Is Volatility Going To Continue To Plummet This Summer?

| July 26, 2019 | 0 Comments

volatilityJuly is traditionally a very slow month for the financial markets. Not only is it the prime vacation month for families (most kids go back to school in August), but there’s also the July 4th holiday week. Generally speaking, investors and traders are often far away from the markets at this time of year.

Even in a year like this one, with a lot of potential market-moving headlines, July has remained slow to downright boring. The China trade war, saber-rattling with Iran, and questions over Fed interest policy have barely had any impact on investor sentiment.

Stocks have reached all-time highs despite the potential for a global recession around the corner. Part of this may be due to the Fed seemingly planning on cutting rates at the end of the month. Fed officials have made it clear they want to get ahead of any potential economic slowdown. It’s certainly given a boost to stocks and destroyed what was left of market volatility.

The VIX, the Cboe’s S&P 500 Volatility Index, has gotten hammered in recent weeks. The market’s leading gauge of investor fear, the VIX spent much of the year around 15 and higher. After several weeks with no action, the index is down to nearly 12.5 – and close to last years lows.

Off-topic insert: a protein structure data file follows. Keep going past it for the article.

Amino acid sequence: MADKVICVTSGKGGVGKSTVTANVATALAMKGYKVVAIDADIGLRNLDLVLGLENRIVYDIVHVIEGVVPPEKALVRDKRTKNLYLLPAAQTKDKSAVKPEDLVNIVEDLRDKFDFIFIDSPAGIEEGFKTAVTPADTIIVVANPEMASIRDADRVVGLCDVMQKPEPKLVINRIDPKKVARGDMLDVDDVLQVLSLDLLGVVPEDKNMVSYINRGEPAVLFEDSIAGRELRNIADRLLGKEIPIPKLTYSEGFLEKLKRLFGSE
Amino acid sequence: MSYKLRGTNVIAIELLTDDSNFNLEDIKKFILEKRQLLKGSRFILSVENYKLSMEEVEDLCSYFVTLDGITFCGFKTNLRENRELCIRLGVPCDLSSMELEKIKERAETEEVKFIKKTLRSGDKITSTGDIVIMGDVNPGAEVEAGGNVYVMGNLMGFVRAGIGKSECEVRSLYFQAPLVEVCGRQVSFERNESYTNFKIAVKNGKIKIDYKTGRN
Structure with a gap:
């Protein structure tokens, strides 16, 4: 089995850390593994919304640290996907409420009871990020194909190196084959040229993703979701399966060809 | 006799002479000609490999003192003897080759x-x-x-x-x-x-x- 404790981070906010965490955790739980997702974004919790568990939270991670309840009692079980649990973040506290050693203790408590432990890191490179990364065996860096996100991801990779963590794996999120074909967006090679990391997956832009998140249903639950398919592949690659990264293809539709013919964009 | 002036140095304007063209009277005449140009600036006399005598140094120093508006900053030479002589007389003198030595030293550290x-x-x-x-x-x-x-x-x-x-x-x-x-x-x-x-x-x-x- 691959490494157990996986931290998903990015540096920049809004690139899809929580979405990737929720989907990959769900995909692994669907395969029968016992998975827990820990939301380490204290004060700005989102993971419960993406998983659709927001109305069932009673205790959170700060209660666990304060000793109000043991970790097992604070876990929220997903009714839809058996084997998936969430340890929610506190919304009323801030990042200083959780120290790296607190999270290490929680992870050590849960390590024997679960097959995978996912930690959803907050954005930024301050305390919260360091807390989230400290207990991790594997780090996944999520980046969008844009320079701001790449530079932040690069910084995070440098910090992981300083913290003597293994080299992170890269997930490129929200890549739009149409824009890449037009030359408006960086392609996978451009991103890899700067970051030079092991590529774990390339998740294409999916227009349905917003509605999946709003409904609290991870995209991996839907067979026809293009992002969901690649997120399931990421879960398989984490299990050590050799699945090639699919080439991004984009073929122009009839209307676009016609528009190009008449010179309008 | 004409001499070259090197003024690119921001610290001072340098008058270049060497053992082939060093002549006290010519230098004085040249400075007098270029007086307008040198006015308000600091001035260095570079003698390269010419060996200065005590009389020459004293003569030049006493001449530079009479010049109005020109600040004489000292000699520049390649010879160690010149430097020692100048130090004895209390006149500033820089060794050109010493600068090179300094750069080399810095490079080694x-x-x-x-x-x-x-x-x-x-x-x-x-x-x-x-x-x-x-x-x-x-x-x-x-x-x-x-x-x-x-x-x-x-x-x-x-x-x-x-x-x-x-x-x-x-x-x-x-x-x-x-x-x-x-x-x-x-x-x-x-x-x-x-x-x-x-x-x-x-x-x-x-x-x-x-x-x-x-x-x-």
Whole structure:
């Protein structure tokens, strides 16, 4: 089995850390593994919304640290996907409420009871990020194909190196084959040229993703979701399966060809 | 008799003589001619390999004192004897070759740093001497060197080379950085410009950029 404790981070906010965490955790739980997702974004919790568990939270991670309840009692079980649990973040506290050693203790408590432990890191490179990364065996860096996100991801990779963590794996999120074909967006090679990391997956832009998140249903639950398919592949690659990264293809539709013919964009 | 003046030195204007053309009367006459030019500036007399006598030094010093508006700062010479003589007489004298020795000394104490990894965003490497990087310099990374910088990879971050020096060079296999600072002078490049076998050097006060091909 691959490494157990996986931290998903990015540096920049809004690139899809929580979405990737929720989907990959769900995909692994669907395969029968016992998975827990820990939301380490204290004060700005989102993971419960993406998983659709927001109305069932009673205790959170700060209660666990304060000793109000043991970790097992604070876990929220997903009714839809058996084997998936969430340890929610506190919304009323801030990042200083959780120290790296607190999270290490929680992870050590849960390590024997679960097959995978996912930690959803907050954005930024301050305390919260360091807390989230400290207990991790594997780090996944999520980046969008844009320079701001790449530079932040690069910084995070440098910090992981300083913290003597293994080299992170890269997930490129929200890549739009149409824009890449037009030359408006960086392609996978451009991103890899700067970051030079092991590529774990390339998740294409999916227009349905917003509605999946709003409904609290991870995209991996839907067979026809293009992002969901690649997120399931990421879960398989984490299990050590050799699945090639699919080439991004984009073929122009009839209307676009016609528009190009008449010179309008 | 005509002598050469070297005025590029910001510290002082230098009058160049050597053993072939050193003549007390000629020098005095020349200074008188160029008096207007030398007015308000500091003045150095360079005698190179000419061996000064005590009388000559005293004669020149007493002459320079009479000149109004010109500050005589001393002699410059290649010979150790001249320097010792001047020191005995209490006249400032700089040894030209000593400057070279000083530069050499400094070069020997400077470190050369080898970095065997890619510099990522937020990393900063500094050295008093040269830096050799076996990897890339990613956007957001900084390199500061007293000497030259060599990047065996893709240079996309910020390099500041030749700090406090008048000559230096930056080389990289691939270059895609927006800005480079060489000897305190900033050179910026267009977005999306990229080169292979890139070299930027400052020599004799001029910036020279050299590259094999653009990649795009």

VIX Chart

Popular volatility ETFs/ETNs are also hitting new lows (as they are all currently tied to the VIX). The most popular product in this space is the iPath S&P 500 VXX Short-Term Futures ETN (VXX), which tracks the first two futures months in the VIX.

VXX was trading around $32.50 at the start of June. Not even two months later, it’s down near $22. Now, it’s not necessarily unusual for volatility to drop to very low levels. It is a bit surprising at just how fast it has fallen – especially considering the headline risk.

VXX Chart

Nevertheless, some options traders feel the VXX could continue dropping. A significant trader just purchased 20,000 August 16th 19.5 puts in VXX, with the share price at $22.50. The trader only paid 12 cents for the puts, which cost $240,000 overall.

Breakeven for this trade is $19.38, and anything below that generates $2 million in profit per dollar. The risk is only $240,000 or the premium from the trade. Generally speaking, this is a low-risk trade due to the low amount of premium of the option.

It seems unlikely that volatility will continue to fall to the extent where 19.5 puts make money in the next month. Nothing would have to happen from a headline perspective over that period, which would be a real surprise, particularly with the Fed meeting coming up in a week.

Perhaps this is someone who has taken a long volatility position elsewhere and is looking to hedge cheaply. Or, maybe it is just a flier that volatility is going nowhere for a large chunk of the remaining summer season.

It’s not the sort of trade I would recommend, but it’s also not taking a significant risk to put on this position.

 

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Category: Options Volatility Watch

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Jay Soloff is an options analyst with Investors Alley.

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